The Office of the United States Trade Representative is currently accepting public comments regarding the Section 201 solar trade case. Any new tariffs would severely limit the growth potential for solar in the United States and put tens of thousands of American jobs at risk. The USTR needs to hear from solar workers, consumers and advocates about the significant damage this case would cause.
SEIA is urging everyone in the solar industry to raise your voice and tell the US Trade Representative that tariffs and government intervention is the wrong approach for the solar industry. You can write your own comment if you'd like, but to make it easier on you, we've included some suggested language below. Feel free to simply copy and paste the letter below, or personalize it to tell your own story.
Dear Ambassador Lighthizer,
As you consider the solar cell and module market, I wanted to let you know my view. Recommendations made by the U.S. International Trade Commission could jeopardize tens of thousands of solar jobs across the country.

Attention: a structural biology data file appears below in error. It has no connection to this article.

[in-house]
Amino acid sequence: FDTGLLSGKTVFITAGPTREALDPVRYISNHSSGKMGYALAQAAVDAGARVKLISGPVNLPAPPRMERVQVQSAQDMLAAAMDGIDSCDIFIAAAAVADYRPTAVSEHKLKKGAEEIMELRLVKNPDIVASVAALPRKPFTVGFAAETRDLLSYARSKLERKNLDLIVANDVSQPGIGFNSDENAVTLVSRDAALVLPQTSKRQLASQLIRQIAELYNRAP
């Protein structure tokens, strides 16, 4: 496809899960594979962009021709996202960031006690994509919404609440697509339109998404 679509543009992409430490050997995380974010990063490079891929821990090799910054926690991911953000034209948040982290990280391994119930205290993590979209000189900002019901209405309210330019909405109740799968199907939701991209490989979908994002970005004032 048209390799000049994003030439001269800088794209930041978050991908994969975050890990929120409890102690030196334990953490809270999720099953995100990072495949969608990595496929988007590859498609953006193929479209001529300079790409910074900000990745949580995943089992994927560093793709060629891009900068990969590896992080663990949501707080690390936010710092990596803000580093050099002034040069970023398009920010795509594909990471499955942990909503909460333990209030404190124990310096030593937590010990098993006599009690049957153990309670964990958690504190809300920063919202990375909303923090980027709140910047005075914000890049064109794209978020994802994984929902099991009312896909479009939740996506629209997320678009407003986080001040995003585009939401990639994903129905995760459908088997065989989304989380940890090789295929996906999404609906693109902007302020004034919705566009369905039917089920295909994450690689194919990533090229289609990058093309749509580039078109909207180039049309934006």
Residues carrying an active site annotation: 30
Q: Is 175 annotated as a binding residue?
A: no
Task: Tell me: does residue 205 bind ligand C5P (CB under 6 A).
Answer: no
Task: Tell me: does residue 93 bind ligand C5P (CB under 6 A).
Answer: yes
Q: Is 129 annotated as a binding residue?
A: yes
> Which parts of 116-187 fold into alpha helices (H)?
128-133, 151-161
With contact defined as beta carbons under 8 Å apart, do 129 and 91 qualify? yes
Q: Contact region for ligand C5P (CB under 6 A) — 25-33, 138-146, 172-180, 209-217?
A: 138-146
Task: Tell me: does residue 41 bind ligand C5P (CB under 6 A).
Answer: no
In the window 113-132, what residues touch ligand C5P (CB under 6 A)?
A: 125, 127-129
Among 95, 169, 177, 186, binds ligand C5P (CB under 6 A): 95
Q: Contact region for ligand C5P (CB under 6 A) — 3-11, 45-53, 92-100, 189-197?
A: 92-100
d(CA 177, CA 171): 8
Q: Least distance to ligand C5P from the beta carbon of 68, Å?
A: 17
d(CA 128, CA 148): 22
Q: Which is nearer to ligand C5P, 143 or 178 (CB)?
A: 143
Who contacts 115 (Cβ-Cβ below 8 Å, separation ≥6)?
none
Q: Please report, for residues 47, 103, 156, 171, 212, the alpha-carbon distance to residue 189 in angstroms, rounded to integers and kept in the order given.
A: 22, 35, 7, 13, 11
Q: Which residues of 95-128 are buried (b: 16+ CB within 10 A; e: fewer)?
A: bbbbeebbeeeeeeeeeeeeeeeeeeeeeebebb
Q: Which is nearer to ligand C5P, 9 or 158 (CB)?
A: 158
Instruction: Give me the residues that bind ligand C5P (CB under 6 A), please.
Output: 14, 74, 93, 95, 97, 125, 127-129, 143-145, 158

Tariffs would raise the cost of solar, slash demand and kill American jobs. The solar industry is an economic engine that is growing 17 times faster than the rest of the U.S. economy, employs more than 260,000 American workers and has added more than 100,000 blue-collar jobs to the economy in the last five years. Last year, the industry created 1 out of every 50 new U.S. jobs.
Rather than helping establish U.S. manufacturing, trade relief in this case would kill manufacturing jobs across the supply chain. The U.S. has a growing solar manufacturing sector with 38,000 workers making everything from sun trackers and inverters, to U.S. steel-made framing and racking systems.
Recently, the U.S. Bureau of Labor Statistics said solar would be the fastest-growing occupation in America over the next 10 years – but that’s only if the administration rejects tariffs that will artificially make solar more expensive. Please protect American jobs and support continued economic growth in the solar industry by rejecting trade relief in this ill-suited Section 201 case.
File Your Comment at Regulations.gov
Are you interested in attending the USTR hearing on December 6th?